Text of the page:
native-access-apple-silicon-support

NI software does not currently support the Apple Silicon M1 with Big Sur macOS.

At the moment, Native Instruments products are not supported on computers with Apple Silicon processors.

I did try installing Native Access which gave me this feedback (see image).

Native Instruments is one of the major players when it comes to plugins and instruments, and NI is working on support for Big Sur and the new Apple Silicon processor.

You can find out more about the compatibility of Native Instruments products with macOS Big Sur here.

Read more about NI Apple Silicon support here.

Spectrasonics (Omnisphere 2 etc.)

Works (via Rosetta 2 translation)

All Spectrasonics plugins; Omnisphere 2, Trilian and Stylus RMX appear to be working fine within Rosetta 2 DAWs.

Native Apple Silicon development for Omnisphere, Keyscape, Trilian and Stylus RMX is in progress and going well. Spectrasonics are expecting to release these native “ARM” versions via a free update in early 2021.

Read more at Spectrasonics website.

U-HE – Zebra 2, Diva etc.

Works (via Rosetta 2)

Neither Rosetta complains about running our Intel Plug-Ins on Apple Silicon, nor do we experience issues with our natively compiled plug-ins.

Quote from U-he forum regarding native apple silicon support of u-he plugins.

Valhalla DSP plugins

Yes, all Valhalla plugins have been updated for Big Sur! The newest builds of the Valhalla plugins will work on the Apple Silicon Macs, using the Rosetta 2 technology. Valhalla DSP will be working on native compiled plugins for Apple Silicon machines in Q1 2021.

Waves

Waves plugins do not currently support Apple Silicon and M1 CPU. Check Waves website for more info.

Plugin Alliance

The Plugin Alliance plugins are ready for Big Sur 10.0.1 update, but not yet fully compatible with M1, see post.

What Audio Interfaces are compatible with Apple Silicon M1?

  • Apogee – Duet 2, Symphony, One (compatible with Big Sur, Apogee are working on arm64 version of Maestro software)
  • Universal Audio – UAD / Apollo / Luna (not compatible with Big Sur or Apple M1)
  • Steinberg – Audio interfaces & Cubase (not compatible with Big Sur or Apple M1)
  • Presonus – Audio interfaces & Studio One (some compatibility)
  • Native Instruments – Komplete Audio interfaces, Traktor etc

Rosetta 2 translates x86 to ARM64 code

macOS Big Sur will include Rosetta 2, which will automatically translate Intel apps to run on the new Apple Macs. It’s designed to support complex apps and their plugins, but there was no mention if that referred to DAWs like Pro Tools or Studio One. Rosetta 2 will do the translation upon installation. However, when necessary Rosetta 2 will also be able to translate code on the fly when using Just In Time and JAVA code. In a publicly available document, About the Rosetta Translation Environment, Apple explains more about how Rosetta 2 will translate executables, and what Rosetta 2 can’t translate.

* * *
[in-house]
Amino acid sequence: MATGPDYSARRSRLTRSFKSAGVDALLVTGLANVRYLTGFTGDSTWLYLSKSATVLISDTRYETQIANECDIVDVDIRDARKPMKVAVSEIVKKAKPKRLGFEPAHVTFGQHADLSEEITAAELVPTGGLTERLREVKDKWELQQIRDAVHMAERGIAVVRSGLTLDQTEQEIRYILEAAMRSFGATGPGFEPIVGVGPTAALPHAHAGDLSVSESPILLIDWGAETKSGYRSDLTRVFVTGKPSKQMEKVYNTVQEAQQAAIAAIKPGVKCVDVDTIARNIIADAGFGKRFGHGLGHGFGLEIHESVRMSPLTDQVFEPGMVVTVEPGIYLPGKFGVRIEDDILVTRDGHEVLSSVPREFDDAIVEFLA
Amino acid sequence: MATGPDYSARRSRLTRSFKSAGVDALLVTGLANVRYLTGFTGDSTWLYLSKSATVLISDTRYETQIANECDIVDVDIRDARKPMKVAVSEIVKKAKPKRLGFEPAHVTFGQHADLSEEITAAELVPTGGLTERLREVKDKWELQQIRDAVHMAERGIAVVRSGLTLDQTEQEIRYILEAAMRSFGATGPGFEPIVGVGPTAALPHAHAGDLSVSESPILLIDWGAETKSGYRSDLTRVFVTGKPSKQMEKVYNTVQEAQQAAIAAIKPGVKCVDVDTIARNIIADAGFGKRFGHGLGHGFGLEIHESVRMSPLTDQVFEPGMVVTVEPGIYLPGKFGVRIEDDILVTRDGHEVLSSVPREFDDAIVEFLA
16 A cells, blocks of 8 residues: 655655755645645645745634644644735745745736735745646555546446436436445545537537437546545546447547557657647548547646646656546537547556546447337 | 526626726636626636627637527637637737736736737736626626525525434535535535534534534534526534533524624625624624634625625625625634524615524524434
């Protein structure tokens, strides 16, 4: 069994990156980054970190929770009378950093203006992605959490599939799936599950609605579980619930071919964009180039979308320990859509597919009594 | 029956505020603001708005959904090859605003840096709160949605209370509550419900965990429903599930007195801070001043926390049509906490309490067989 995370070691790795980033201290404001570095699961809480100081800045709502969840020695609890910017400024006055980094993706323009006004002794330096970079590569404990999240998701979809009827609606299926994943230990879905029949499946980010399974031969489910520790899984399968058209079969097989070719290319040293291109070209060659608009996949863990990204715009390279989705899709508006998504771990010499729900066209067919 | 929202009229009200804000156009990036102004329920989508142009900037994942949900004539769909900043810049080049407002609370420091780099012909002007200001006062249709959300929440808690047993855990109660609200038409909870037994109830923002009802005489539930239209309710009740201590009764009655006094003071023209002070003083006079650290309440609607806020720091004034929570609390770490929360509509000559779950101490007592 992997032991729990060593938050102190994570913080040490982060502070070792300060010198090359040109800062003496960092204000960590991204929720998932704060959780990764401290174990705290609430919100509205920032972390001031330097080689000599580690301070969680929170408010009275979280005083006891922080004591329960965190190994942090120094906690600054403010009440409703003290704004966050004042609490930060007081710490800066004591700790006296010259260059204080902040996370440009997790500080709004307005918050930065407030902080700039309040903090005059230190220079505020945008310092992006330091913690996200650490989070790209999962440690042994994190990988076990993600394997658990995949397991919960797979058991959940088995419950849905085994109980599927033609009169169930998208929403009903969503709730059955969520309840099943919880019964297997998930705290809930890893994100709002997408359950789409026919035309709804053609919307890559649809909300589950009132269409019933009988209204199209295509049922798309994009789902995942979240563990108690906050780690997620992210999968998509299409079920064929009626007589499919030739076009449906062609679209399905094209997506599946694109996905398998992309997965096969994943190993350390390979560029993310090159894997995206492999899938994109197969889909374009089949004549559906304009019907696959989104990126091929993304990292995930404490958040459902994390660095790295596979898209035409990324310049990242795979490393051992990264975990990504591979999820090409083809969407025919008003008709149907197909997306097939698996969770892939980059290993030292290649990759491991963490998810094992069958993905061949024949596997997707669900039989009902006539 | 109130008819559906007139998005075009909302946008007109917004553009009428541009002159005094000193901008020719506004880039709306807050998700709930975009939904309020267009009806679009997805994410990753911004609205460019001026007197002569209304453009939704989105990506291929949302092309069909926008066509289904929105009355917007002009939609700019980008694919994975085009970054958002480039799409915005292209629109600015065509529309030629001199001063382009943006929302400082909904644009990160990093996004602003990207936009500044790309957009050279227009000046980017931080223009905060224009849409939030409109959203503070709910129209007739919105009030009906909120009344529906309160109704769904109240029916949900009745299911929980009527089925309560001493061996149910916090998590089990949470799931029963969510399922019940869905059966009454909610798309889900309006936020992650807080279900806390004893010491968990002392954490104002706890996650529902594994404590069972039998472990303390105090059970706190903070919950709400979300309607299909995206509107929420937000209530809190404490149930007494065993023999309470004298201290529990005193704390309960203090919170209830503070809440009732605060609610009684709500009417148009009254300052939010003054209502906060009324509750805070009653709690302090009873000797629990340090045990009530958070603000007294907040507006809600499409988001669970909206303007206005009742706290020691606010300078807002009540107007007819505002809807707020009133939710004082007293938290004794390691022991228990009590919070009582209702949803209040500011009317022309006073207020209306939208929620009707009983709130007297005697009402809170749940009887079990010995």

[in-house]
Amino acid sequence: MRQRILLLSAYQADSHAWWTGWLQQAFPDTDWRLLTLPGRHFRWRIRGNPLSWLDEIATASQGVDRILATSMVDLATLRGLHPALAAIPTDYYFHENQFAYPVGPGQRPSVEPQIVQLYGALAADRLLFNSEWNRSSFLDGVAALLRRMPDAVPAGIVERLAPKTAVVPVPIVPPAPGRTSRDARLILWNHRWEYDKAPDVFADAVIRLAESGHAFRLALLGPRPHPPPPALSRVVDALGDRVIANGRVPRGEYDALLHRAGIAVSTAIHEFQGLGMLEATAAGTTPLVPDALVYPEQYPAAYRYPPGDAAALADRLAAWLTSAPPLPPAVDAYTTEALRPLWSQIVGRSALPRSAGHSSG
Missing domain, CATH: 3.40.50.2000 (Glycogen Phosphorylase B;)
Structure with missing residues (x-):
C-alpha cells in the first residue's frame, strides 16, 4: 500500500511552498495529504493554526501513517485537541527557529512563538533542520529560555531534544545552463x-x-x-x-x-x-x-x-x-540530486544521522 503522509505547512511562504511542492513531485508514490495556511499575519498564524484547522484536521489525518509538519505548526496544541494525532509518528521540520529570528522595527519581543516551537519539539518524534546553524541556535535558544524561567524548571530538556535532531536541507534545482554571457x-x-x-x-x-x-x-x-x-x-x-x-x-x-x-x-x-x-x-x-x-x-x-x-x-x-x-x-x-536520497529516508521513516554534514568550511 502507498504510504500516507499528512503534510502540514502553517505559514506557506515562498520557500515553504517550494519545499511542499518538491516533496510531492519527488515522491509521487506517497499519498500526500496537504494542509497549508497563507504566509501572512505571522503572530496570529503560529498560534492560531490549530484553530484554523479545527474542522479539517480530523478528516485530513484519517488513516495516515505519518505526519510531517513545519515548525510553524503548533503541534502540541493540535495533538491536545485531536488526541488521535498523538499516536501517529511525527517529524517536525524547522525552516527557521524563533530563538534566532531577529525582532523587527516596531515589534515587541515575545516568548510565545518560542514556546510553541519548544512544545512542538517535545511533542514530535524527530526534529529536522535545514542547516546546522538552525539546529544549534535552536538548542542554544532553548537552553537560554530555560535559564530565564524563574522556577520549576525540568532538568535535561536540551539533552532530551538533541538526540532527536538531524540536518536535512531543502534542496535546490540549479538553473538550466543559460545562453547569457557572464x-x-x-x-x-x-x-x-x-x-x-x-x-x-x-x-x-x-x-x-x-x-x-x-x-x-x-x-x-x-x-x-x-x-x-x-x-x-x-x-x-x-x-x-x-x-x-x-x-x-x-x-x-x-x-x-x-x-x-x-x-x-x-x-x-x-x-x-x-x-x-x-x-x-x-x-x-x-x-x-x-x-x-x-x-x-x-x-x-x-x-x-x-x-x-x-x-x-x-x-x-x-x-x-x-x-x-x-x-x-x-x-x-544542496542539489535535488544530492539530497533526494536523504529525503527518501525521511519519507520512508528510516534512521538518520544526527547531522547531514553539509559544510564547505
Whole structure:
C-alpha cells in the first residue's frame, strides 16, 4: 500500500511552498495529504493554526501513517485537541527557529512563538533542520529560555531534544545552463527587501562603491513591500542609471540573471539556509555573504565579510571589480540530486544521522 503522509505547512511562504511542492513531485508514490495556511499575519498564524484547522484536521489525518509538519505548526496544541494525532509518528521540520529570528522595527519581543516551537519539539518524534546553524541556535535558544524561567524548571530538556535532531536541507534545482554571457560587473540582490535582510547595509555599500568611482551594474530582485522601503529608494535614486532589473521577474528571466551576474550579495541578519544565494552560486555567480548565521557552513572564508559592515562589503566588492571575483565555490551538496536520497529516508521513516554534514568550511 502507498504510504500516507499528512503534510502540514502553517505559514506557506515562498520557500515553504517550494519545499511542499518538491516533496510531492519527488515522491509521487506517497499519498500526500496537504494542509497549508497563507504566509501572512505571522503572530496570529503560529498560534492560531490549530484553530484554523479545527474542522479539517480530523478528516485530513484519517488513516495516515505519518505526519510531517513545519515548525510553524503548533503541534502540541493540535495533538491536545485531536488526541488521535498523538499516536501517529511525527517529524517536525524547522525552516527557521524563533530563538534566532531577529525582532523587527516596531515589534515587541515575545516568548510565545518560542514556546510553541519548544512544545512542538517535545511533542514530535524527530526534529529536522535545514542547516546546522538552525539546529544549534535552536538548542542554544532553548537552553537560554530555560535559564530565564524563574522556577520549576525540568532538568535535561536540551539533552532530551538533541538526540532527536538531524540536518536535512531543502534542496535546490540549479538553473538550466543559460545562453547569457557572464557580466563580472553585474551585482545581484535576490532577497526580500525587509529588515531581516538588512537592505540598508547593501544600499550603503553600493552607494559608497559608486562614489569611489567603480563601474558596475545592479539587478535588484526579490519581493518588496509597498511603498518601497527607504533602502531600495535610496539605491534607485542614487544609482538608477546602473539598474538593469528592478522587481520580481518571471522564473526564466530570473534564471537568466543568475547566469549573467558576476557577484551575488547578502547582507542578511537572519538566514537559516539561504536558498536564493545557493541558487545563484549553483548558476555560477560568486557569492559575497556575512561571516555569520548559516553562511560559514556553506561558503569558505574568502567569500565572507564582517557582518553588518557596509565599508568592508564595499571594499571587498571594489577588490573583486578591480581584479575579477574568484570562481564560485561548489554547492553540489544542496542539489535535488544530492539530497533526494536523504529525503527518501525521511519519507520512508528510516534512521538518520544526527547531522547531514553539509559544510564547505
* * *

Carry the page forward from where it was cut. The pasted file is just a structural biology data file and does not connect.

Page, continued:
Supposedly, this means modern audio application and plugins, which rely on advanced optimisations will, at best, run on a less optimised path. For pro-audio apps, this could be a performance bottleneck. This might lead to unexpected bahaviour and crashes. So we may see ‘Rosetta 2 compatibility’ updates before the native Apple Silicon ports arrive.

The specs of the first Apple M1 CPU MacBooks

The first models of the Apple M1 equipped Macs, the; Macbook Air 13″, MacBook Pro 13″ and MacMini currently maxes out at 8GB RAM. So for music producers working with large orchestral libraries should look elsewhere. On the other hand, if you are working with light arrangements the memory should suffice.

Using tons of VST / AU plugins, as long as they are written to support the ARM64 architecture, works like a charm. If a plugin is not ready for Apple Silicon M1, the plugin will launch via Rosetta 2 translation and suffer performance issues.

MacBook Pro “13 M1 Display Specs

The new display screen of the MacBook Pro 13″ M1 comes with 500 nits of brilliance, P3 wide color and True Tone color which should satisfy the most demanding video editor professional and graphics designer. The screen is very bright with natural colors.

Will My Software Work On The New Apple Macs?

As mentioned above, Logic Pro 10.6 is already fully compatible with the new Apple M1 macs. But if you are working with other DAWs like Studio One, FL Studio, Bitwig Studio you should hold off until they officially support macOS Big Sur and the Apple M1 CPU.

Should you buy a new MacBook with Apple M1 Silicon CPU for music production?

YES, if you are working solely with Logic Pro DAW I can highly recommend the upgrade to Apple Silicon as I’ve never seen Logic fly so fast on a MacBook before. It’s a big difference.

And…NO, if you are working in any other DAW, OR, you want to use any third party plugins.

I advice you to hold onto your current Mac and maybe take another look in maybe 6-8 months. Apple Silicon is a brand new technology and architecture and it will take time before we see a more wide spread support in third party plugins and apps.

When we get more news regarding Apple Silicon M1 I will update this article.
Hope you enjoy the content. Thanks for your time!

Mattias Holmgren

Mattias Holmgren is a creative director sailing from Sweden – business owner of Morningdew Media. Visit Mattias YouTube with videos on music, creative sound design, graphics and brand development. Check out the Resources Page if you want to know what gear i use. Join my exclusive community: https://www.patreon.com/gelhein